The Army announced Friday it would not recommend awarding the Medal of Honor, the nation's highest military award for valor, to a World World II veteran who charged he was earlier denied the award because of anti-Semitism.
David Rubitsky, 72, of Milton, Wis., a Jew, said that as an Army sergeant on the South Pacific island of New Guinea, he single-handedly killed 500 to 600 Japanese soldiers from "a machine gun nest" on Dec. 1, 1942.
Some of Rubitsky's former Army buddies backed his claim, although the largest number on record for World War II by an American was 75 Japanese soldiers killed by one Marine on Iwo Jima in 1945.
Rubitsky, a retired merchant seaman, charged that his Army superior during his Pacific action, Col. John Mott, did not recommend him for the Medal of Honor for anti-Semitic reasons.
The Medal of Honor is awarded by Congress to soldiers, sailors, pilots and Marines for acts of bravery above and beyond the call of duty.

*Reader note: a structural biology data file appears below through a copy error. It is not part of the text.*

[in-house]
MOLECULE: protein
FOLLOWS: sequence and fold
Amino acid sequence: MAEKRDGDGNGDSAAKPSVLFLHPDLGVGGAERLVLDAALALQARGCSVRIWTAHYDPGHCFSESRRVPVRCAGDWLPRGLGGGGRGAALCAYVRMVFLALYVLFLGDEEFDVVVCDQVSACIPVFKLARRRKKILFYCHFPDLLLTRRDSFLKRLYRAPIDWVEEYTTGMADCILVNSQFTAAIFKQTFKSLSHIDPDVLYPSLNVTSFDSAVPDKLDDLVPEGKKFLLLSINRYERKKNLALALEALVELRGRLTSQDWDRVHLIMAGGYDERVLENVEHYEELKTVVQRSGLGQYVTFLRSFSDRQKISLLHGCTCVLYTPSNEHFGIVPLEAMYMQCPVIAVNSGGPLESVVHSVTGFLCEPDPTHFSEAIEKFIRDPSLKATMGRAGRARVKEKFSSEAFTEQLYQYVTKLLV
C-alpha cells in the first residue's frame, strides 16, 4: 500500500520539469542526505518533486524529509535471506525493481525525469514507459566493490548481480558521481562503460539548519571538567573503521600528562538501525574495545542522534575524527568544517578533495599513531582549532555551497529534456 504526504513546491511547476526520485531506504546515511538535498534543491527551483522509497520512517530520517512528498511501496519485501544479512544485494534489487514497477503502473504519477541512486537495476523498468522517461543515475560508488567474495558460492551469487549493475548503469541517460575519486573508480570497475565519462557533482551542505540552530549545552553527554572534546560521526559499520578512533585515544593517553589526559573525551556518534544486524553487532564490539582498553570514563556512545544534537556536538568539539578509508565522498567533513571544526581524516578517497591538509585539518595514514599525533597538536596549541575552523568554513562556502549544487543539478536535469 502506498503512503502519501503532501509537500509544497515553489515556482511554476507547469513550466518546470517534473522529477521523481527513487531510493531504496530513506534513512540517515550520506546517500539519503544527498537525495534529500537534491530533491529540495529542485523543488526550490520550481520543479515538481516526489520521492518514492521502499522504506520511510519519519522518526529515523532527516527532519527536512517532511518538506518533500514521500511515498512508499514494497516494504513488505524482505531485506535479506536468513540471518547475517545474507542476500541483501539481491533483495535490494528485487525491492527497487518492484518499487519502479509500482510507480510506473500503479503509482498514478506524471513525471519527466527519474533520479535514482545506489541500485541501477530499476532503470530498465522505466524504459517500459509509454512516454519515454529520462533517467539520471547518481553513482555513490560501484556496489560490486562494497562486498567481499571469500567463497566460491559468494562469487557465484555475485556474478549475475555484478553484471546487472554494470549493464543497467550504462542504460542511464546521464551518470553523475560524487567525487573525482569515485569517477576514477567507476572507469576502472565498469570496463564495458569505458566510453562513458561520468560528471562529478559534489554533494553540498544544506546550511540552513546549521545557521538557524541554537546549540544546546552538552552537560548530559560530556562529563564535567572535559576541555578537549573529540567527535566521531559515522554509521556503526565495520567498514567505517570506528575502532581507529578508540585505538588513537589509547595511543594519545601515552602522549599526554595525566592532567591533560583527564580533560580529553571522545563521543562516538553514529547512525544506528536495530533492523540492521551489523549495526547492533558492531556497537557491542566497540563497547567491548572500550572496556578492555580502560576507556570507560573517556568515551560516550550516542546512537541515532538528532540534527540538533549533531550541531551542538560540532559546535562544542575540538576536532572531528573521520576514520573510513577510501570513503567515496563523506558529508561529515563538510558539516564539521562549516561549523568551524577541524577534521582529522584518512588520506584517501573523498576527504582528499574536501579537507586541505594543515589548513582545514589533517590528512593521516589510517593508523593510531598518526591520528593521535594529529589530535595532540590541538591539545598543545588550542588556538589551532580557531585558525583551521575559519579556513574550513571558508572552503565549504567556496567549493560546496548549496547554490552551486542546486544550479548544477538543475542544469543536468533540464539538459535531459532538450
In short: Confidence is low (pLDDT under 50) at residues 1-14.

At the request of Rep. Les Aspin (D-Wis.), chairman of the House Armed Services Committee, the Army said it investigated the Rubitsky case for the past two years and found "insufficient evidence to substantiate either that the event reported by Mr. Rubitsky occurred or that the Medal of Honor was recommended on his behalf within the stipulated period."
Rubitsky said he was "not going to make a statement until I'm . . . sure what the facts are myself." He scheduled a news conference for today in Milwaukee.
The Army said two essential factors are required by law to support a claim for the Medal of Honor:
Army records must contain "incontestable proof" that the action occurred; and second, there be conclusive evidence that a recommendation for the award was submitted within two years of the action.